MEMPHIS, TN (WMC) - The fight over sewer systems continues between City of Memphis and Shelby County.
Memphis said it will not provide new sewer connections to anyone outside city limits, but Shelby County Commission Chairwoman Heidi Shafer said she's not even sure that is legal.
City of Memphis said its decision is about putting city citizens first. The city said the sewer system has limited capacity, and it needs to undergo major upgrades.
Shafer said that decision puts growth in the county at risk.
"I know the city said they would work through them case-by-case, but I don't think that's a path forward for the future," Shafer said.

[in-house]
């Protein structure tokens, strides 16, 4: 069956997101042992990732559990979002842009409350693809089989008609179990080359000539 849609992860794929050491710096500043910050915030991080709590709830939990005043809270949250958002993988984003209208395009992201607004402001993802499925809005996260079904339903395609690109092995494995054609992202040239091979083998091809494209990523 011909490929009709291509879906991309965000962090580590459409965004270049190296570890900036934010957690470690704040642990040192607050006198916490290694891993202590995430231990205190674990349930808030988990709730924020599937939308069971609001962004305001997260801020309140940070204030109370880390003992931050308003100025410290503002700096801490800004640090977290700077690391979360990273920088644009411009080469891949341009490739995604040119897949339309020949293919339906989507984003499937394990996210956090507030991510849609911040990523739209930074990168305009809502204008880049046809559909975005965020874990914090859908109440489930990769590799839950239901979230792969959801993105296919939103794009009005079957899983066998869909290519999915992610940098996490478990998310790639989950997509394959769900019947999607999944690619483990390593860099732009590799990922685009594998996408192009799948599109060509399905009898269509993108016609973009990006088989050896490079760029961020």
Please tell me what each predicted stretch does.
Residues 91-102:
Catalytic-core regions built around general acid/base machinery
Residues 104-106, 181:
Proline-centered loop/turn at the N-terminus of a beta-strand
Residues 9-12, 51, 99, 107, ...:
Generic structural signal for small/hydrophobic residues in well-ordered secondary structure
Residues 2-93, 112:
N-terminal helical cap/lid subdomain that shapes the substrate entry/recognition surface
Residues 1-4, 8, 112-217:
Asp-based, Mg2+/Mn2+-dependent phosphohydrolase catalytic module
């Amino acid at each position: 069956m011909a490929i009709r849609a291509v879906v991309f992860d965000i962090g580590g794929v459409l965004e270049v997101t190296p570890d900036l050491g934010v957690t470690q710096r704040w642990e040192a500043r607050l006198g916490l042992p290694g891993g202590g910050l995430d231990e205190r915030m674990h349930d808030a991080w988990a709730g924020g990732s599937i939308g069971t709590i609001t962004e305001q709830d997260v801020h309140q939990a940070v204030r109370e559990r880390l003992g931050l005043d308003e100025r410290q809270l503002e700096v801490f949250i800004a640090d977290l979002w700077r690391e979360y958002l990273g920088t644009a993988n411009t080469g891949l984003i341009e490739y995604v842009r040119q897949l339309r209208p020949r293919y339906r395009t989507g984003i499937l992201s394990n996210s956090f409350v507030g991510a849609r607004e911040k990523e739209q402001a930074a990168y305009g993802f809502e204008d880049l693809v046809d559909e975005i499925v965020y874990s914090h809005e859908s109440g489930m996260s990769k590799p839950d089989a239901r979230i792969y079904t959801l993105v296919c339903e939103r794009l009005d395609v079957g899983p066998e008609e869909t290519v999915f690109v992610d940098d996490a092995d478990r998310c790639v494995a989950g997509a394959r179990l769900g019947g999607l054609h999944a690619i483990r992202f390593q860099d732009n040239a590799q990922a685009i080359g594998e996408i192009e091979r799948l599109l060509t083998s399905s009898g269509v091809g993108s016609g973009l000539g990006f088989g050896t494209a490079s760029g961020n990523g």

Shafer said Memphis received federal grants decades ago for two sewer treatment plants to be used as a regional system. Because of those grants, Shafer thinks Memphis has to provide for the region, not just the city.
"We've got to get our hands on the documents, see what the documents exactly say, and then let everybody's lawyers talk," Shafer said.
If the county is forced to build its own sewage system, it will take about five years.
"If you're going to say no growth can happen in Shelby County outside the City of Memphis for five years, when we're the ones who are funding the schools and they are wanting us to chip in for MATA and everything, that's really a non-starter," Shafer said.
Shafer said legal action is definitely a possibility.
"Everything is on the table, but of course we always want to try cooperation first. Cooperation doesn't cost a thing," Shafer said.
Shafer said she recently had a good meeting with Mayor Jim Strickland. She hopes a compromise can be reached by creating some sort of transition plan that makes sense for both groups.